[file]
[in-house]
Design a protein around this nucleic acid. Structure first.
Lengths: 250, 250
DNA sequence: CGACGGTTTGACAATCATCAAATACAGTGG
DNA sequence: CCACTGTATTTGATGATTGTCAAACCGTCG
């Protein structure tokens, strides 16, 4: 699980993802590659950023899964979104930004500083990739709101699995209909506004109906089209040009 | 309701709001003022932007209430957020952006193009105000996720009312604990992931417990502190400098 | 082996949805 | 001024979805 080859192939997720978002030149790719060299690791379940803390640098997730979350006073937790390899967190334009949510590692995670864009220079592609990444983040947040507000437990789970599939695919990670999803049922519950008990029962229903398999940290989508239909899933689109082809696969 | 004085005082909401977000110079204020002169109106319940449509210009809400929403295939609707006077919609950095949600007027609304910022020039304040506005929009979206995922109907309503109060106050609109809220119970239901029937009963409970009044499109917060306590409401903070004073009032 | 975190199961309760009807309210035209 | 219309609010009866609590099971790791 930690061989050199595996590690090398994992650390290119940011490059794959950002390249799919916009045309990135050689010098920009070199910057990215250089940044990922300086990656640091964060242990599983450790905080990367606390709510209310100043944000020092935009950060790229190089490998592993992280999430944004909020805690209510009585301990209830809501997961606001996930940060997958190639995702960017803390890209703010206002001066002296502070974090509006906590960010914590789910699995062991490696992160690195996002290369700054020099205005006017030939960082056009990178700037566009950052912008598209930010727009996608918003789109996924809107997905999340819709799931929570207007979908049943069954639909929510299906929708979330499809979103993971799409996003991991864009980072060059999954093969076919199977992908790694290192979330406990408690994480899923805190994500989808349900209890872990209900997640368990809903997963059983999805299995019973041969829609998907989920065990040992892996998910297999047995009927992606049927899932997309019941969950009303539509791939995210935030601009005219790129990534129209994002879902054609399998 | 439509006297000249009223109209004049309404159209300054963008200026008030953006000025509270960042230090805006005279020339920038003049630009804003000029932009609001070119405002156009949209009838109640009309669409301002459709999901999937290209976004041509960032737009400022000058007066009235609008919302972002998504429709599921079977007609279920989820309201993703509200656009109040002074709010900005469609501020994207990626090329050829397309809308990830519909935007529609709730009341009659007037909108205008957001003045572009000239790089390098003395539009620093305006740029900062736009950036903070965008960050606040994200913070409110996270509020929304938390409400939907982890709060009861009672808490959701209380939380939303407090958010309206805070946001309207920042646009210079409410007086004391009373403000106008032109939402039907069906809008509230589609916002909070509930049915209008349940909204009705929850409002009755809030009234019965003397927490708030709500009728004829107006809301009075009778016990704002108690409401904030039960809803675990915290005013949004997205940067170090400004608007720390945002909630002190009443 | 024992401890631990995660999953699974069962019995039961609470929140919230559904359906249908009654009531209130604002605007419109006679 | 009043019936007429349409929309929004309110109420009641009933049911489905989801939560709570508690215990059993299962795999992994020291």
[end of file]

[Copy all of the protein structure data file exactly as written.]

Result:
[in-house]
Design a protein around this nucleic acid. Structure first.
Lengths: 250, 250
DNA sequence: CGACGGTTTGACAATCATCAAATACAGTGG
DNA sequence: CCACTGTATTTGATGATTGTCAAACCGTCG
């Protein structure tokens, strides 16, 4: 699980993802590659950023899964979104930004500083990739709101699995209909506004109906089209040009 | 309701709001003022932007209430957020952006193009105000996720009312604990992931417990502190400098 | 082996949805 | 001024979805 080859192939997720978002030149790719060299690791379940803390640098997730979350006073937790390899967190334009949510590692995670864009220079592609990444983040947040507000437990789970599939695919990670999803049922519950008990029962229903398999940290989508239909899933689109082809696969 | 004085005082909401977000110079204020002169109106319940449509210009809400929403295939609707006077919609950095949600007027609304910022020039304040506005929009979206995922109907309503109060106050609109809220119970239901029937009963409970009044499109917060306590409401903070004073009032 | 975190199961309760009807309210035209 | 219309609010009866609590099971790791 930690061989050199595996590690090398994992650390290119940011490059794959950002390249799919916009045309990135050689010098920009070199910057990215250089940044990922300086990656640091964060242990599983450790905080990367606390709510209310100043944000020092935009950060790229190089490998592993992280999430944004909020805690209510009585301990209830809501997961606001996930940060997958190639995702960017803390890209703010206002001066002296502070974090509006906590960010914590789910699995062991490696992160690195996002290369700054020099205005006017030939960082056009990178700037566009950052912008598209930010727009996608918003789109996924809107997905999340819709799931929570207007979908049943069954639909929510299906929708979330499809979103993971799409996003991991864009980072060059999954093969076919199977992908790694290192979330406990408690994480899923805190994500989808349900209890872990209900997640368990809903997963059983999805299995019973041969829609998907989920065990040992892996998910297999047995009927992606049927899932997309019941969950009303539509791939995210935030601009005219790129990534129209994002879902054609399998 | 439509006297000249009223109209004049309404159209300054963008200026008030953006000025509270960042230090805006005279020339920038003049630009804003000029932009609001070119405002156009949209009838109640009309669409301002459709999901999937290209976004041509960032737009400022000058007066009235609008919302972002998504429709599921079977007609279920989820309201993703509200656009109040002074709010900005469609501020994207990626090329050829397309809308990830519909935007529609709730009341009659007037909108205008957001003045572009000239790089390098003395539009620093305006740029900062736009950036903070965008960050606040994200913070409110996270509020929304938390409400939907982890709060009861009672808490959701209380939380939303407090958010309206805070946001309207920042646009210079409410007086004391009373403000106008032109939402039907069906809008509230589609916002909070509930049915209008349940909204009705929850409002009755809030009234019965003397927490708030709500009728004829107006809301009075009778016990704002108690409401904030039960809803675990915290005013949004997205940067170090400004608007720390945002909630002190009443 | 024992401890631990995660999953699974069962019995039961609470929140919230559904359906249908009654009531209130604002605007419109006679 | 009043019936007429349409929309929004309110109420009641009933049911489905989801939560709570508690215990059993299962795999992994020291």